THIS ROCKS   Logged

Belladune
Fiber Arts Moderator
Tutorial Contributor

Friend of Craftster Friend of Craftster

crazy crafty momma
Offline Offline

Posts: 12035
Joined: 04-Sep-2008

'darn kids, they were pesky from the start' D. Lee


View Profile WWW
« Reply #8 on: January 17, 2009 11:09:38 AM »

ack fire?  really?  Scary!  I still haven't tried doing anything to the curtains yet.  I'm stil debating on technique.  its either dye or appliqué....  Appliqué would be easier I'm sure.
THIS ROCKS   Logged

little me
Little Me Crafts
Offline Offline

Posts: 1574
Joined: 13-Oct-2007

Enjoy Life's Little Pleasures


View Profile WWW
« Reply #9 on: July 23, 2009 09:43:45 PM »

Easy Peasy. Go to your school supply section & buy Elmer's glue gel (blue in color) & use that as a resist - no cracks, no seepage. I made a sign for work w/our name & it came out beautiful, wish I had pics, but didn't take any. Elmer's glue gel is great stuff for resist. You will have to spend some time washing off the glue, but it is totally worth it.
THIS ROCKS   Logged

Threads you might like:
Pages: [1] 2  All Jump to page:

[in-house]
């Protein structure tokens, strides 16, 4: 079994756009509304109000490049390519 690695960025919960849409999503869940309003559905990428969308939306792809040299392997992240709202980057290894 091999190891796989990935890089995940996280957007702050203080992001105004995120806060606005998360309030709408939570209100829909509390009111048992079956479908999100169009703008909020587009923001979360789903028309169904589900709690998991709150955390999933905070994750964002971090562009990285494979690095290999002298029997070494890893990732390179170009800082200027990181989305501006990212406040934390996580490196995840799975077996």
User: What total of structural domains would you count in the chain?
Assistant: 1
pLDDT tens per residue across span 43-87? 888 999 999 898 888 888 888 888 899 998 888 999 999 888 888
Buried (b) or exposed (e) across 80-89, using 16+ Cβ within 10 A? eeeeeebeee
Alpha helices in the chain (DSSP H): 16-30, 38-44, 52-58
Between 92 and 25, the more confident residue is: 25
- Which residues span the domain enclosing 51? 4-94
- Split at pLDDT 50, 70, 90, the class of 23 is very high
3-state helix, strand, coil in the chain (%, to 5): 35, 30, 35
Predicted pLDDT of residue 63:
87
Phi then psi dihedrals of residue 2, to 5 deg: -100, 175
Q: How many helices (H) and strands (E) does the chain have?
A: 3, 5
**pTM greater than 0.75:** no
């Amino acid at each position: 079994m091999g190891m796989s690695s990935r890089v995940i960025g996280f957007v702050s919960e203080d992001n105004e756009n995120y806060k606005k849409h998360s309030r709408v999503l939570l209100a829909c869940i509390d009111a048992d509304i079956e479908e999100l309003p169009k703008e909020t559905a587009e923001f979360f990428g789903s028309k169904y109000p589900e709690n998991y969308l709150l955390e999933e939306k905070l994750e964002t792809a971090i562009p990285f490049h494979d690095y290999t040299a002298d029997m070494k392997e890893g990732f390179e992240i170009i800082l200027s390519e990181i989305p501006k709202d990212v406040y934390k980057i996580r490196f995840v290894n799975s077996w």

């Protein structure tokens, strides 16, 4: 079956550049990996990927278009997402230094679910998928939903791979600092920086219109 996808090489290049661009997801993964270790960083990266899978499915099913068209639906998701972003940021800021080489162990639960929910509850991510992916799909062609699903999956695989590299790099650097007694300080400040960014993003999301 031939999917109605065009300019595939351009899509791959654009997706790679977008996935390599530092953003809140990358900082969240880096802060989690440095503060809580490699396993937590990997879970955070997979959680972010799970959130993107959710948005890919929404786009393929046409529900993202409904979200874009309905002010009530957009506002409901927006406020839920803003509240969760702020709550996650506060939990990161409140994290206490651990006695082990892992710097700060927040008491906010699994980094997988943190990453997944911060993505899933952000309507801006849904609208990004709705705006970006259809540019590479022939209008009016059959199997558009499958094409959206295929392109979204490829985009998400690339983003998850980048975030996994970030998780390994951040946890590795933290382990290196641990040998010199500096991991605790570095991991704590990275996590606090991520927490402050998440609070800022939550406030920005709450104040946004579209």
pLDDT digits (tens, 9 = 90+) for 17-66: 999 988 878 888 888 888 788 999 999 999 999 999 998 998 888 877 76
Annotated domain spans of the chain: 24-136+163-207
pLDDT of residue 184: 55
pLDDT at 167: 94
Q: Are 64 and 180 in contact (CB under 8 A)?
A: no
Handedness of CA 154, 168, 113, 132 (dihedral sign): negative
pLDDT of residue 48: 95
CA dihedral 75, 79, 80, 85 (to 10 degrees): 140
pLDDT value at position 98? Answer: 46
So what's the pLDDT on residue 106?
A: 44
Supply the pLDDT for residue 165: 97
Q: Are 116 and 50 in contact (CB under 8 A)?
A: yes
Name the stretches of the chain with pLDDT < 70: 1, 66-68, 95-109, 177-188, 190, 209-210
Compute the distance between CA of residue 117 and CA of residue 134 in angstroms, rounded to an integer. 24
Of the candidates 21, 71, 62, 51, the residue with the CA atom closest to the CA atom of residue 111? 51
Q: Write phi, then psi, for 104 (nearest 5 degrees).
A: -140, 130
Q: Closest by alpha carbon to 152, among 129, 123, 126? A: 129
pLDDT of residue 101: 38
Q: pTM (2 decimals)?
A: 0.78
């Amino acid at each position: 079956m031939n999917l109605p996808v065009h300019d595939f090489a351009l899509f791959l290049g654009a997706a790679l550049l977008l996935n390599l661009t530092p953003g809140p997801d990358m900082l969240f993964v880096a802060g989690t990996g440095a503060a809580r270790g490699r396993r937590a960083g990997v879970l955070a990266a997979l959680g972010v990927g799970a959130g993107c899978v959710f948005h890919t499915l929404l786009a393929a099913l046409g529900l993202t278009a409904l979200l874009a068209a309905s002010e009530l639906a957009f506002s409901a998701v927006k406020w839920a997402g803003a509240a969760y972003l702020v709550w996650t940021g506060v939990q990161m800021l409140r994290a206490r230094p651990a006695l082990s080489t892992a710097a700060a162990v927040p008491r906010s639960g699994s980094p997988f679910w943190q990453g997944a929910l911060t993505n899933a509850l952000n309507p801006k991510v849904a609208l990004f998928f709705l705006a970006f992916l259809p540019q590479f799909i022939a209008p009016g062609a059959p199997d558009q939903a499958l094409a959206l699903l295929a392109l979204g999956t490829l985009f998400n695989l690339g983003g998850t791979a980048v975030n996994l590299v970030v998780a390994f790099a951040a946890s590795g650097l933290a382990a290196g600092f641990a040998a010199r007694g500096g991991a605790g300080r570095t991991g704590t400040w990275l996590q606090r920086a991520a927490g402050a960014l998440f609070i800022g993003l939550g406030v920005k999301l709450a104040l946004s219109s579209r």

Send this topic  |  Print  |  Bookmark  
 
Jump to:  



only results with images
include swap threads
advanced search



your ad could be here!

How-To Videos
Take a Walk with Best-Selling Author Jonathan Eig
Philippa Gregory Discusses Perkin Warbeck in the White Queen
Author Rhonda Stapleton Talks About Stupid Cupid
Brad Thor Discusses the Last Patriot
The Hollow Trilogy Book Trailer
Latest Blog Articles
Tute Tuesday: Molded Hot Glue
More Amazing Matchboxes
Meatless Monday: Pumpkin Spice Latte

Comparison Shopping




Support Craftster
Become a
Friend of Craftster

Buy Craftster Swag
Buy Craft Supplies
Comparison Shopping

Craftster heartily thanks the following peeps...
Moderators

Follow Craftster...






Powered by MySQL Powered by PHP Powered by SMF 1.1.11 | SMF © 2006-2009, Simple Machines LLC
SimplePortal 2.3.5 © 2008-2012, SimplePortal
Valid XHTML 1.0! Valid CSS!

Copyright ©2003-2014, Craftster.org an Internet Brands company.